Steven Kim, an American businessman…may be the world’s leading expert on the market for North Korean brides…[while] living in China, overseeing the manufacture of chairs…he heard about a secret church that catered to…South Korean businessmen…Kim…became a regular attendee…and…began to assist North Korean refugees…[by providing] safe houses, food, clothing, and money; eventually he organized secret passage across China to third countries…Many of them turned out to be women fleeing from the Chinese men who had purchased them…

If the rest of the story continued like that you wouldn’t be reading it here.  But apparently Kim’s religious devotion, the four years he spent in a Chinese prison after he was caught, and the potential for massive profits in the rescue industry drove him to shift his focus from helping people who wanted to escape, to interfering in the lives of those who don’t:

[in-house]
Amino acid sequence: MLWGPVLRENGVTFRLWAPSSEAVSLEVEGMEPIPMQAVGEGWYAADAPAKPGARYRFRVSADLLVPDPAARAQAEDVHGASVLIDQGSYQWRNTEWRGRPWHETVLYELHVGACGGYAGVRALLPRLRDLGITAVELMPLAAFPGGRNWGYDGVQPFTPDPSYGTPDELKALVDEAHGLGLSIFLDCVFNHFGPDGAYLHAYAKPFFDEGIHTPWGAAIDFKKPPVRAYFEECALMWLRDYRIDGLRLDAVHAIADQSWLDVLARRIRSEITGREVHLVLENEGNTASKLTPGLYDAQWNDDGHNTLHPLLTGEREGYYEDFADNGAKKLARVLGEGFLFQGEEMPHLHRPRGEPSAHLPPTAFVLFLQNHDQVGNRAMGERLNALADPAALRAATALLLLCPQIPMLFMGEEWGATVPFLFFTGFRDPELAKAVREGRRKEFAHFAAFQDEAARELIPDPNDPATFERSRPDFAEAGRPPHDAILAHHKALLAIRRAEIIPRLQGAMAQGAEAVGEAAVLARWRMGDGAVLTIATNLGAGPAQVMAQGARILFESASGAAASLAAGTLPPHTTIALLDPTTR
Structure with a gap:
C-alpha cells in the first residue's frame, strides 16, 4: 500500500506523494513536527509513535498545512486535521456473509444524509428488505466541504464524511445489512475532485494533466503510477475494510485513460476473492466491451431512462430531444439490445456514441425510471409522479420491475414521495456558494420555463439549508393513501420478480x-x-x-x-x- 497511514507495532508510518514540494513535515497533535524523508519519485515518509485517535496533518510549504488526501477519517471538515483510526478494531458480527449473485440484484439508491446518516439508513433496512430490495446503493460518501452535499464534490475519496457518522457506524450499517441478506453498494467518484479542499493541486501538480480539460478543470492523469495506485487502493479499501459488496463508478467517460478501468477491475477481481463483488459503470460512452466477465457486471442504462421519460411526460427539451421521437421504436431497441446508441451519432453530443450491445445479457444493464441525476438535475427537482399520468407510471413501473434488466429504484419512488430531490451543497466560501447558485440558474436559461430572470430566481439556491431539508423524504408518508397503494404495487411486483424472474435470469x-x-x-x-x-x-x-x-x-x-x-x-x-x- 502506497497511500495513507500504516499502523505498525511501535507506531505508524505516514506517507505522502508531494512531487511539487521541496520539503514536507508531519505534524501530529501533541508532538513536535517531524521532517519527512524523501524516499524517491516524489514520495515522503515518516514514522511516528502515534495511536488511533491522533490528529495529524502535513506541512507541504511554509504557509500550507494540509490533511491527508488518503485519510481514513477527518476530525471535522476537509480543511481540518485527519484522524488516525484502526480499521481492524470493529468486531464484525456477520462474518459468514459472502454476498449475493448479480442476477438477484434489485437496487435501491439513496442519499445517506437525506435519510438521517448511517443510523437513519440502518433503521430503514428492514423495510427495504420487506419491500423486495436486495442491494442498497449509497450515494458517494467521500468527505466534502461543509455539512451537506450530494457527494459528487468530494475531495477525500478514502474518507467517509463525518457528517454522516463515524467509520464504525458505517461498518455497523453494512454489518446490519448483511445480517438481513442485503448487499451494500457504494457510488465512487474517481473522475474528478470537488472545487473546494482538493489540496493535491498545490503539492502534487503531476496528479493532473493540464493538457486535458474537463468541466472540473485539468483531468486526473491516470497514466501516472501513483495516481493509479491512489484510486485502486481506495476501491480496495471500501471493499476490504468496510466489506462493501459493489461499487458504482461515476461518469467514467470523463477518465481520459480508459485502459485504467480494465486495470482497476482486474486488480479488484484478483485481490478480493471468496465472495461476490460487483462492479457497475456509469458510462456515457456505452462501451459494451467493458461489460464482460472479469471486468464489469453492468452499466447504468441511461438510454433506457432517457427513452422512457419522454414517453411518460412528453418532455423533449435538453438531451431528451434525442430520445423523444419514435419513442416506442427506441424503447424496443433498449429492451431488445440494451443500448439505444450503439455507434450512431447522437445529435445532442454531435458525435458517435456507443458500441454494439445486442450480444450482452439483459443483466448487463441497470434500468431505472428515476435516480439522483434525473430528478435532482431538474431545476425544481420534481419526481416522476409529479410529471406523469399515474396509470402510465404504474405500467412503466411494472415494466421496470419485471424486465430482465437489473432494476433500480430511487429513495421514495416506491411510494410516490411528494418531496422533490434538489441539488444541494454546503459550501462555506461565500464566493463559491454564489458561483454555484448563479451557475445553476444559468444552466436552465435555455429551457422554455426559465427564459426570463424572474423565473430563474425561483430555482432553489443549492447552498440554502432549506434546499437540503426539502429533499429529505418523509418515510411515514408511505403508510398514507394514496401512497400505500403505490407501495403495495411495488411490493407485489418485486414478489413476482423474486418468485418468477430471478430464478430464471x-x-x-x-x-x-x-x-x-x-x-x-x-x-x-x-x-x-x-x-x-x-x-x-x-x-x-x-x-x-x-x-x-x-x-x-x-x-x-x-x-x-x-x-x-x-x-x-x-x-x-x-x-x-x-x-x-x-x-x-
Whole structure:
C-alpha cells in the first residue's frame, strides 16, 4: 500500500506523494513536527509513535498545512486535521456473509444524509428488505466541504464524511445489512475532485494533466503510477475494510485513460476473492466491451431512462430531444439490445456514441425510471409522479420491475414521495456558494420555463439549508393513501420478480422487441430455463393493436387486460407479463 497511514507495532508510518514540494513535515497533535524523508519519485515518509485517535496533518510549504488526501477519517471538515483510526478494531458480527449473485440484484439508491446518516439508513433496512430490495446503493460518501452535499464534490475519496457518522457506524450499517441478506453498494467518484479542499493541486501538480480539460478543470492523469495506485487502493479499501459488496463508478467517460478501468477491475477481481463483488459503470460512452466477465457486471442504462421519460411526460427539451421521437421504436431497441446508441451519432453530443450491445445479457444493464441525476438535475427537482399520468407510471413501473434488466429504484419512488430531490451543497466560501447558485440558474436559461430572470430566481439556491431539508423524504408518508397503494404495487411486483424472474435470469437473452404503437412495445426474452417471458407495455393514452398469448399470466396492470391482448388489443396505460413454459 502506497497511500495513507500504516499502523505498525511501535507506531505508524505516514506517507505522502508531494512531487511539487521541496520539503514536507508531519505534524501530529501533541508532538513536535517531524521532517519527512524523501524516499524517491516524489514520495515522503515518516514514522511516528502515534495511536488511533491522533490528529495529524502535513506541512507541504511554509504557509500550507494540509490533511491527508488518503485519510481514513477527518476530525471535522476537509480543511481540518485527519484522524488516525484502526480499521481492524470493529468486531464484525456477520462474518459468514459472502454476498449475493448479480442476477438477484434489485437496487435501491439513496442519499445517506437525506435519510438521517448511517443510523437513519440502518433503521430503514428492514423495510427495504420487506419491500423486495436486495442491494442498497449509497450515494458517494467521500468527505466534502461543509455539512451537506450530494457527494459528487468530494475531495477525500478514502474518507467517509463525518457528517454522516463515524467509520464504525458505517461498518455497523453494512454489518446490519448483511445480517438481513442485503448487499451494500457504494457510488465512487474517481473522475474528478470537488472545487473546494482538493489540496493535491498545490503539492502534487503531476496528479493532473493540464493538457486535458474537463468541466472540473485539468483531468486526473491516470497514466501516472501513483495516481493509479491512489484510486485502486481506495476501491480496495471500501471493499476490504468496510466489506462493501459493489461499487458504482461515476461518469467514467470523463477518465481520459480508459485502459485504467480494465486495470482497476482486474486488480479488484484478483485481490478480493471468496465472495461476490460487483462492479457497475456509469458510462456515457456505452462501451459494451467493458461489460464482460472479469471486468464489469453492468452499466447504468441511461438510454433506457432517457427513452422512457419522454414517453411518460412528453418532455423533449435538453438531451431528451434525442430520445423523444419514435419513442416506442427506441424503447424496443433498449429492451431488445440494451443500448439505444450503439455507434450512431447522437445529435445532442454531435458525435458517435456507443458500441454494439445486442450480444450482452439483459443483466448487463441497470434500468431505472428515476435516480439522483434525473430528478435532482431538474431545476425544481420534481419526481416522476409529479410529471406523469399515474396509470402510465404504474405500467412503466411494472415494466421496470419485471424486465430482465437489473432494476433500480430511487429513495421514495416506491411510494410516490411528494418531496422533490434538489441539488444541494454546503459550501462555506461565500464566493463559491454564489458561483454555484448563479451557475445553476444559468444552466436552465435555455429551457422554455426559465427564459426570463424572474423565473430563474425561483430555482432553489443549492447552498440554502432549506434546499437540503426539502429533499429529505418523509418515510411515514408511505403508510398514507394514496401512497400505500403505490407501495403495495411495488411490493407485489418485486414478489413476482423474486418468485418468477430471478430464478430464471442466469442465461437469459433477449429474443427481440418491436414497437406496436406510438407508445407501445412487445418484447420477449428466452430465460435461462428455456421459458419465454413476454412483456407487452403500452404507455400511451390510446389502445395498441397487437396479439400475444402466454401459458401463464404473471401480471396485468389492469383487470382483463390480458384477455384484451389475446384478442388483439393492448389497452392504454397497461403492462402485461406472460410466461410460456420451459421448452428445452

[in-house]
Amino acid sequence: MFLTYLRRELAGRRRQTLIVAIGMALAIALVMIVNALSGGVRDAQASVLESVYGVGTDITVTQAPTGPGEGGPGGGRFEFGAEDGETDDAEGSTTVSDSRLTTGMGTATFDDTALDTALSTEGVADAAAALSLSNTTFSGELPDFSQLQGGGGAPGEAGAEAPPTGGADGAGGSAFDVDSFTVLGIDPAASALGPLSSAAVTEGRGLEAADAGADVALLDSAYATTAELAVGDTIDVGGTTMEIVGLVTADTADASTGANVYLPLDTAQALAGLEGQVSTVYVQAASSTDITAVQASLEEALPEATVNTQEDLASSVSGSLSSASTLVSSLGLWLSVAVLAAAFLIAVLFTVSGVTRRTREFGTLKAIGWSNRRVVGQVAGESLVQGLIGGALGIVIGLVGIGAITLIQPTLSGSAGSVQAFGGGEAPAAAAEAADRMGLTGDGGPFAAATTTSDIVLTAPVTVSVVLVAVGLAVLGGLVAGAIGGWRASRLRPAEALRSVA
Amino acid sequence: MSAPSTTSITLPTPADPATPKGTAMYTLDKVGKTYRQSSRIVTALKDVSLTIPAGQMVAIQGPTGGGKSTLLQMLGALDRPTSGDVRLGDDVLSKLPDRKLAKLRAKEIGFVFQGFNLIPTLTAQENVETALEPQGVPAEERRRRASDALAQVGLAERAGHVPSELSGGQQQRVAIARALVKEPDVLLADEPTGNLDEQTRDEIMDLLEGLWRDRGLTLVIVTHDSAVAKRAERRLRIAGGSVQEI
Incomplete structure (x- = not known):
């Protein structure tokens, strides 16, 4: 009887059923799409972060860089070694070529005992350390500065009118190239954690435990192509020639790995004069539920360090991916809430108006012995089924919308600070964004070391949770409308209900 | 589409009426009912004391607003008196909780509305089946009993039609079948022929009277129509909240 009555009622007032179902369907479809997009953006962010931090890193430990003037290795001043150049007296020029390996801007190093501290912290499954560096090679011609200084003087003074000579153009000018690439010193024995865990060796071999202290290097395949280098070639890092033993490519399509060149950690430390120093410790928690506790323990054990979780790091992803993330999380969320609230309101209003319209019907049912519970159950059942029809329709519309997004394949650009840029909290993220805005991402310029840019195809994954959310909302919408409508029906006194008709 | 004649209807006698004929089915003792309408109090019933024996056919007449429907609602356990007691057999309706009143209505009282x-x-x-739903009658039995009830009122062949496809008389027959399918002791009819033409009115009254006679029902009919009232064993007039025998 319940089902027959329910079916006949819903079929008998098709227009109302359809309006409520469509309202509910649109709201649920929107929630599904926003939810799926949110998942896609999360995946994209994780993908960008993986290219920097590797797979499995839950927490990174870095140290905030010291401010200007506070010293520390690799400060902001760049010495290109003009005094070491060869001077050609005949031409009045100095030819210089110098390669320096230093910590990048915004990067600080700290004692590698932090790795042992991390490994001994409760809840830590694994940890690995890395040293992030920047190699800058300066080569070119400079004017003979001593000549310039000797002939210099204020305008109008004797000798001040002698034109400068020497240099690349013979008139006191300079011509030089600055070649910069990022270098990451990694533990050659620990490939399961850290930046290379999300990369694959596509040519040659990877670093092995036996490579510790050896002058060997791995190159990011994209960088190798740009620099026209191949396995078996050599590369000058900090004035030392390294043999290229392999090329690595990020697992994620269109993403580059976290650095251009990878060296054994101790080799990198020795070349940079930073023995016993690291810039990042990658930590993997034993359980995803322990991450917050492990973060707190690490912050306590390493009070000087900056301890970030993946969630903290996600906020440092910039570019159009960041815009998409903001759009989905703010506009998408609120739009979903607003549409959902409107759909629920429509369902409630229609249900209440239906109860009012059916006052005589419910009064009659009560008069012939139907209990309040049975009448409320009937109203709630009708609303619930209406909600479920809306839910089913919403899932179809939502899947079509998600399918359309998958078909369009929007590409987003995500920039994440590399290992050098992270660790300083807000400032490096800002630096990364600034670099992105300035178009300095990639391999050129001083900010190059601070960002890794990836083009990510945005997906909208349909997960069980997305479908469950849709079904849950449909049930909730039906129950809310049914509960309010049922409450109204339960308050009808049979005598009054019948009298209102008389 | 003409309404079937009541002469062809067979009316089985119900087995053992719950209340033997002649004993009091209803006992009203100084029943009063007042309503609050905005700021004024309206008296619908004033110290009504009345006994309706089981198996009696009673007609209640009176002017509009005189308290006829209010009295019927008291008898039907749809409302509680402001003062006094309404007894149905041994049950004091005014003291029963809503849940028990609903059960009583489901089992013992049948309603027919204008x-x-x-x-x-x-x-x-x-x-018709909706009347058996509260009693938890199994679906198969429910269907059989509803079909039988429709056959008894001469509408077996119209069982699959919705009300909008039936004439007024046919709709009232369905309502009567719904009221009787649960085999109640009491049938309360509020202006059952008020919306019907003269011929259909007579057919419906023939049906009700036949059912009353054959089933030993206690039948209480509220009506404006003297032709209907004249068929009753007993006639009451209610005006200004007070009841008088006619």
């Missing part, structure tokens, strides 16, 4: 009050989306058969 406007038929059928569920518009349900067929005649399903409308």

Today he runs 318 Partners, a U.S.-based nonprofit dedicated to rescuing trafficked women in China…The only practical escape route for fugitives from North Korea is through China, and…roughly 80 percent of those thousands of refugees are women and girls who have become “commodities for purchase”…Ever since the one-child policy went into effect in 1979, Beijing has enforced it through fines, imprisonment, forced abortion, sterilization, and…infanticide.  The policy has had its intended effect of slowing the rate of expansion of China’s population.  But there has been an unwelcome side effect:  an unnaturally high male-to-female ratio…The result is an epic surplus of bachelors…[who] are often desperate—for companionship, for sex, for household help…